Unlocking the secret behind long lived bats

Scientists have identified part of the molecular mechanism that gives myotis bats their extraordinary lifespans compared to other animals.

The University of Bristol reports the study, co-authored by Professor Gareth Jones and Dr Roger Ransome from the University of Bristol’s Bat Ecology and Bioacoustics Lab, has been published in Science Advances.

The findings point to the protective structures at the end of chromosomes, called telomeres. According to the international team of scientists, in myotis, the longest lived species of bats, telomeres don’t shorten with age. In other bats species, humans and other animals they do, causing the age-related breakdown of cells that over the course of a lifetime can drive tissue deterioration and ultimately death.

To conduct the study, researchers took 3mm wing biopsies from about five hundred wild bats from across four species that they captured, marked and released. The samples were flash frozen in liquid nitrogen or desiccated using silica beads. High molecular weight DNA was extracted, and change in telomere length was assessed.

Dr Nicole Foley from the University College Dublin, the lead author of the study, said “Our results show that telomeres shorten with age in two of the bat species (Rhinolophus ferrumequinum and Miniopterus schreibersii), typical of most mammals. But in the longest-lived species of bats (Myotis), we did not detect any evidence that their telomeres shorten with age, contrary to all expectations.”

To uncover how myotis bats can maintain their telomeres over time, they compared their genomes with those of fifty two other mammals, focusing on two hundred and twenty five genes associated with the maintenance of telomeres.

Senior author, Professor Emma Teeling, also from University College Dublin, said “Our results suggest that long-lived bats have evolved better mechanisms to prevent and repair age induced cellular damage. In particular two genes ATM, SETX may drive this. Bats showed no expression of telomerase but rather, may have evolved a unique process to lengthen their chromosomes without inducing cancer. These are exciting new results that we need to further explore to uncover how bats can remain healthy as time passes.”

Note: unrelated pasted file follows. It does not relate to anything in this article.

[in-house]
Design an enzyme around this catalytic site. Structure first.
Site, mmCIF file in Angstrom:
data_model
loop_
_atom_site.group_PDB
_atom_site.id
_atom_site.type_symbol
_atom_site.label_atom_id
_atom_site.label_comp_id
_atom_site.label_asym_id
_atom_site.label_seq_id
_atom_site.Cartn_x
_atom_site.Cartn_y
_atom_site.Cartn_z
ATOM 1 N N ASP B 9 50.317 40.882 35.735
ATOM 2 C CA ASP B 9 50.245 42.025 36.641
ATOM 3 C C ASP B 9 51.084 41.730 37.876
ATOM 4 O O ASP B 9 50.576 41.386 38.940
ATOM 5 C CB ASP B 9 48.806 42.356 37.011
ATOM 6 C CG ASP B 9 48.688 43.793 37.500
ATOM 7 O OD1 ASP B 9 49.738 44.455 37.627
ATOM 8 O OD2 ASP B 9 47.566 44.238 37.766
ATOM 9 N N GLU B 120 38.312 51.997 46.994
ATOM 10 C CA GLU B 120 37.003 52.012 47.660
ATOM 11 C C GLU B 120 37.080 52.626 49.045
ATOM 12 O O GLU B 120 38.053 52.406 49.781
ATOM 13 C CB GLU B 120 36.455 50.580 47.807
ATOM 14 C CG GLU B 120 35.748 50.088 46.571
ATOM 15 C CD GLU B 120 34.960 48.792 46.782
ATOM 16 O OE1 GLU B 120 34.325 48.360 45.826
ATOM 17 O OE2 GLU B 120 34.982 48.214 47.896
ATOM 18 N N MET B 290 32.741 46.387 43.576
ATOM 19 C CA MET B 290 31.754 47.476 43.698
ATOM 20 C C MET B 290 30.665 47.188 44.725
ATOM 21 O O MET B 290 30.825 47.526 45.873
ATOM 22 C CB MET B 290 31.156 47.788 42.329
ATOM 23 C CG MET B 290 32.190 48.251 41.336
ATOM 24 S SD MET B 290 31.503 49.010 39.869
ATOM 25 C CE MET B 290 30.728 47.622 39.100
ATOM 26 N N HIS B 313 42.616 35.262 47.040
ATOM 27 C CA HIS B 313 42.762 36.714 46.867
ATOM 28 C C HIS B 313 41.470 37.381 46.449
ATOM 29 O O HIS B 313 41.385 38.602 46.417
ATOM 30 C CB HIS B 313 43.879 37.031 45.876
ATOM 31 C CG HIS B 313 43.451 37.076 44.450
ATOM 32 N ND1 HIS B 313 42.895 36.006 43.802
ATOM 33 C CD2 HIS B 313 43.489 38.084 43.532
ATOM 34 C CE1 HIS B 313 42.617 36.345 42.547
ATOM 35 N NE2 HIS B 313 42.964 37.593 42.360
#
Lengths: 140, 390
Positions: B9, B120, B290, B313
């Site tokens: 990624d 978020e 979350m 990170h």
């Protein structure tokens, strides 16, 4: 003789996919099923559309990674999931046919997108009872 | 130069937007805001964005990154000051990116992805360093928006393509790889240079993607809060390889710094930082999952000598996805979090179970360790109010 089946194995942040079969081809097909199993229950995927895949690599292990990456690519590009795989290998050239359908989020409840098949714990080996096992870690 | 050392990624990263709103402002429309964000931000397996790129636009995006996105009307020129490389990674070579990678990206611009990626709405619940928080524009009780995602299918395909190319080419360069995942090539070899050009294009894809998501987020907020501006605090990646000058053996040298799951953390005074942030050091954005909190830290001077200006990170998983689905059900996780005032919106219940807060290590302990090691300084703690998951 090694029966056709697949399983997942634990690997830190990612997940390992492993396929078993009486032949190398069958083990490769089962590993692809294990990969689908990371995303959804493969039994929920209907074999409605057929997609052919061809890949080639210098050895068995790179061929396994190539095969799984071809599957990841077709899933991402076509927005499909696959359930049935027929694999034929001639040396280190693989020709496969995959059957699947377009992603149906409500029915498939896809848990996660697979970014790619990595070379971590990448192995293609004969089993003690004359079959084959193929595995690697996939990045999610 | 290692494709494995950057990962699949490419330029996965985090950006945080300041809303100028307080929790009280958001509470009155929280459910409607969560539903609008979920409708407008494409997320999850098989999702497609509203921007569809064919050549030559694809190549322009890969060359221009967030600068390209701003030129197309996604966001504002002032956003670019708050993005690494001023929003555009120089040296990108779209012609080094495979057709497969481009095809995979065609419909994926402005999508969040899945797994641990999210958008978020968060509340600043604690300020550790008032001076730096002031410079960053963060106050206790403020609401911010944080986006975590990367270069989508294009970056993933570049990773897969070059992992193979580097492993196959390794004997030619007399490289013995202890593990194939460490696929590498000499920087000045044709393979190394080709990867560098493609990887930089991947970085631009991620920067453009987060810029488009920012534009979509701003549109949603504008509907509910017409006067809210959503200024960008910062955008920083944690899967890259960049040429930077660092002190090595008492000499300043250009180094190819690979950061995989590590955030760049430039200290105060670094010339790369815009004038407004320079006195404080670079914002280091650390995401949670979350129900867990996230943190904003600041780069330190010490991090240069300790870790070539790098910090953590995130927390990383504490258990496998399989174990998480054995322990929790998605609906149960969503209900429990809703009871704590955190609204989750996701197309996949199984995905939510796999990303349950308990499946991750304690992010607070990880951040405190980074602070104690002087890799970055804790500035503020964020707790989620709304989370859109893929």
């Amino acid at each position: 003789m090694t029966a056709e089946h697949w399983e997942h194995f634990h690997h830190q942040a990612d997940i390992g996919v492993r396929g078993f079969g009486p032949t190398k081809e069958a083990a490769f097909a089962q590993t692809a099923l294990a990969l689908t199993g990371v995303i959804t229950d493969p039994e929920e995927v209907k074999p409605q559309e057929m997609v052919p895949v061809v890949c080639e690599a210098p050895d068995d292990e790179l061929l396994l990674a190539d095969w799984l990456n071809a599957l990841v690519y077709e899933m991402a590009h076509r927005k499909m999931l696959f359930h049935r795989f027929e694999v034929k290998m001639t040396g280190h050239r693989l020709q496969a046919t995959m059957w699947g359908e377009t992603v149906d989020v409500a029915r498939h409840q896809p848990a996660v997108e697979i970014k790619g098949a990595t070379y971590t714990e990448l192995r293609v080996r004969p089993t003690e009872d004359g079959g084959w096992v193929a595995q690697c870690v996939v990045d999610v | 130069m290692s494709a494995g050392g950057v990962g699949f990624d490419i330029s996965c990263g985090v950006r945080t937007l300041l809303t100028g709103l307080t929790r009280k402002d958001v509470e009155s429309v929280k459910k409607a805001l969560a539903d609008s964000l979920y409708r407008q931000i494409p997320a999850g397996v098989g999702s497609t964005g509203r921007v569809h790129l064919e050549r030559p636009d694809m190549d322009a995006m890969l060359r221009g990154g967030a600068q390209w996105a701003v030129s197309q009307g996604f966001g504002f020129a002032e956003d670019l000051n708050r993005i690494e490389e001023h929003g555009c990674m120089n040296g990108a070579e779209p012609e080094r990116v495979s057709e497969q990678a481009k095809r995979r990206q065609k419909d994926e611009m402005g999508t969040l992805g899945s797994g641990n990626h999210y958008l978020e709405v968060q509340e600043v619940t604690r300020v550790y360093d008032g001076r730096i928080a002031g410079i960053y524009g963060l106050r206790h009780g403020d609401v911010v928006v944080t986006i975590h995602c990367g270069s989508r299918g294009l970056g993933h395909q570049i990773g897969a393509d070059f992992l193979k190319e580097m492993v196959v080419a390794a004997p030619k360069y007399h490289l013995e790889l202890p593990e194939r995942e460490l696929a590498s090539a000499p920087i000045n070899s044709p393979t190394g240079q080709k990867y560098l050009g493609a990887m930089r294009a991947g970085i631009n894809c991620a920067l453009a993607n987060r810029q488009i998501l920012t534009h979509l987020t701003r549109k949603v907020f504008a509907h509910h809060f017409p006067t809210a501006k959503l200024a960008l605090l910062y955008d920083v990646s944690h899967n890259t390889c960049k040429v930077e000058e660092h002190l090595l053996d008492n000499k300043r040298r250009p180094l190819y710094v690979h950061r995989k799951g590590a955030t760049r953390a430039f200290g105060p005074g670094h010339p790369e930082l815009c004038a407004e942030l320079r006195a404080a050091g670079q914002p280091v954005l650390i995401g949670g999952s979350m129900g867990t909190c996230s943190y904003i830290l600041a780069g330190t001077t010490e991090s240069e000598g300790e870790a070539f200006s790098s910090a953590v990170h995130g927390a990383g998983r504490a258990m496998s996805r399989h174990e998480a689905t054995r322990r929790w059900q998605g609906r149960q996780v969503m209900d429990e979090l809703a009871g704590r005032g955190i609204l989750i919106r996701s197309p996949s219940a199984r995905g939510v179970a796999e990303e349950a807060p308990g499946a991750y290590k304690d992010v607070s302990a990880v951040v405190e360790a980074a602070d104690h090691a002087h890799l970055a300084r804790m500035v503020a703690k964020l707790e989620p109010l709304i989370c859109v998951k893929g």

The results of the study are a first step in helping to understand the molecular mechanisms bats have evolved that underlie their unusual and long, lifespans. Studying wild bats in an ageing context may provide exciting new solutions to slow down the ageing process and ultimately extend human healthspans.

Roger Ransome, an Honorary Researcher at the University of Bristol’s School of Biological Sciences, has been ringing and monitoring the greater horseshoe bats at Woodchester Mansion in Gloucestershire for over sixty years.

Gareth Jones has helped genotype the bats born there for 25 years. He said “This is one of the longest running studies on a wild mammal study worldwide, and the oldest bat in the population is now 25 years old. The long-term nature of the study provided valuable data for understanding telomere dynamics and ageing in these remarkably long-lived mammals.”

The study involving ten different research and conservation institutes from across five different countries was funded by the European Research Council and included bat biologists from Ireland, France, Portugal, Germany, and the United Kingdom.

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